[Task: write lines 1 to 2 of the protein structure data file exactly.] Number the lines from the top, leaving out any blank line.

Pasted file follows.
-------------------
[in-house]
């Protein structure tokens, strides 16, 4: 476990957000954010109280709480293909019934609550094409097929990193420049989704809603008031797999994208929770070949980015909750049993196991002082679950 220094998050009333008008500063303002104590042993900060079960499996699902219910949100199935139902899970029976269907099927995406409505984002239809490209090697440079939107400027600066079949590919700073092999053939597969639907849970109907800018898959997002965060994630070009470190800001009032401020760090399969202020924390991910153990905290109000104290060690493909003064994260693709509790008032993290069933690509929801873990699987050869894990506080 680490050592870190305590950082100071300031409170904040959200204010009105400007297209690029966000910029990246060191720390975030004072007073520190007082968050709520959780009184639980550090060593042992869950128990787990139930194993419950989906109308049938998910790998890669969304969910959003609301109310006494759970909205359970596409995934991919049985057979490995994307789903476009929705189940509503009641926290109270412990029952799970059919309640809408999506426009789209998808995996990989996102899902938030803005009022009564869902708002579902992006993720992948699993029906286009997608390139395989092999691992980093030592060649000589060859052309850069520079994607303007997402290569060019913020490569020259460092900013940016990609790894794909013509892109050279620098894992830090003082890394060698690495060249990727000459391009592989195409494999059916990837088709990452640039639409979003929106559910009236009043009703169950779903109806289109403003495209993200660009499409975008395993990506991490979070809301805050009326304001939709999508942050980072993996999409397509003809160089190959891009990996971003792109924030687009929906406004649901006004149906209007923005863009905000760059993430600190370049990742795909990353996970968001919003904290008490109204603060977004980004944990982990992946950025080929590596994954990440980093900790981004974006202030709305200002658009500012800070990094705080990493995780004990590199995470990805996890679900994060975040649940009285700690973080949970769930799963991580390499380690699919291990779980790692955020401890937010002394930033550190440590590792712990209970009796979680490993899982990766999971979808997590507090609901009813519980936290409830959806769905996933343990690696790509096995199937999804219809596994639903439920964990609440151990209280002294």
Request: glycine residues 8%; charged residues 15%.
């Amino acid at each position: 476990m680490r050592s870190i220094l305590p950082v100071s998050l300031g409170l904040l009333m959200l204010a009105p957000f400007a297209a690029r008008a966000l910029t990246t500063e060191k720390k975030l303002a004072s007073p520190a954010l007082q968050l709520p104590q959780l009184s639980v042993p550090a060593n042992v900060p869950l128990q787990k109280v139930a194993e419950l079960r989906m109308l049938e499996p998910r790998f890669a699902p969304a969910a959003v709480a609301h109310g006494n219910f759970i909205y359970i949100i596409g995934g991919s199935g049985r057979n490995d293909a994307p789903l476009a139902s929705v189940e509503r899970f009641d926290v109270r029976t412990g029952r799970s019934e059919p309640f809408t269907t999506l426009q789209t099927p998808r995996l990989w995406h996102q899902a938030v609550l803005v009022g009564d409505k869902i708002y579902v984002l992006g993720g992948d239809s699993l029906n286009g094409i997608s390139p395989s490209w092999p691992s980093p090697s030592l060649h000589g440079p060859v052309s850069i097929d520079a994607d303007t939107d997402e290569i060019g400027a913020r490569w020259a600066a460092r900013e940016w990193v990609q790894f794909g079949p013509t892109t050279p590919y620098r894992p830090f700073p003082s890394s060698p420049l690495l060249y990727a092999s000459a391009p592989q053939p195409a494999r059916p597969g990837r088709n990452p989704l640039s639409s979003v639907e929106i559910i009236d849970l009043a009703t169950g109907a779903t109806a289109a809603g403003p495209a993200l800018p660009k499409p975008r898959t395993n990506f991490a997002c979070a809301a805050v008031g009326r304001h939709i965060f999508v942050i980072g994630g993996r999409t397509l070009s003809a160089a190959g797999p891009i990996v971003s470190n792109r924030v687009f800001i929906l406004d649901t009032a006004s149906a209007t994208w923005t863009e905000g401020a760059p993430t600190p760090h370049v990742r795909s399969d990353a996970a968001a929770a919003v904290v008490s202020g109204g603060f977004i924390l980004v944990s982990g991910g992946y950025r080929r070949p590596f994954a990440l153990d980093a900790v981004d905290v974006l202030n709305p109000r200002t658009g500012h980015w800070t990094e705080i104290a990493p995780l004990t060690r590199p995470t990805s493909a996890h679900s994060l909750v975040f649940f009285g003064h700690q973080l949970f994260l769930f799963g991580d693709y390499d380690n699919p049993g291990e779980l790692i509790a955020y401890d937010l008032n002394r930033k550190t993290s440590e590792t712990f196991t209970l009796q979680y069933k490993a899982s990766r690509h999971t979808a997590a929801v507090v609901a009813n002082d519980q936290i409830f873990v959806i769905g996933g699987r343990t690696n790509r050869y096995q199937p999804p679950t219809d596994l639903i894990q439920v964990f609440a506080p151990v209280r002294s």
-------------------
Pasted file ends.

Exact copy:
[in-house]
């Protein structure tokens, strides 16, 4: 476990957000954010109280709480293909019934609550094409097929990193420049989704809603008031797999994208929770070949980015909750049993196991002082679950 220094998050009333008008500063303002104590042993900060079960499996699902219910949100199935139902899970029976269907099927995406409505984002239809490209090697440079939107400027600066079949590919700073092999053939597969639907849970109907800018898959997002965060994630070009470190800001009032401020760090399969202020924390991910153990905290109000104290060690493909003064994260693709509790008032993290069933690509929801873990699987050869894990506080 680490050592870190305590950082100071300031409170904040959200204010009105400007297209690029966000910029990246060191720390975030004072007073520190007082968050709520959780009184639980550090060593042992869950128990787990139930194993419950989906109308049938998910790998890669969304969910959003609301109310006494759970909205359970596409995934991919049985057979490995994307789903476009929705189940509503009641926290109270412990029952799970059919309640809408999506426009789209998808995996990989996102899902938030803005009022009564869902708002579902992006993720992948699993029906286009997608390139395989092999691992980093030592060649000589060859052309850069520079994607303007997402290569060019913020490569020259460092900013940016990609790894794909013509892109050279620098894992830090003082890394060698690495060249990727000459391009592989195409494999059916990837088709990452640039639409979003929106559910009236009043009703169950779903109806289109403003495209993200660009499409975008395993990506991490979070809301805050009326304001939709999508942050980072993996999409397509003809160089190959891009990996971003792109924030687009929906406004649901006004149906209007923005863009905000760059993430600190370049990742795909990353996970968001919003904290008490109204603060977004980004944990982990992946950025080929590596994954990440980093900790981004974006202030709305200002658009500012800070990094705080990493995780004990590199995470990805996890679900994060975040649940009285700690973080949970769930799963991580390499380690699919291990779980790692955020401890937010002394930033550190440590590792712990209970009796979680490993899982990766999971979808997590507090609901009813519980936290409830959806769905996933343990690696790509096995199937999804219809596994639903439920964990609440151990209280002294």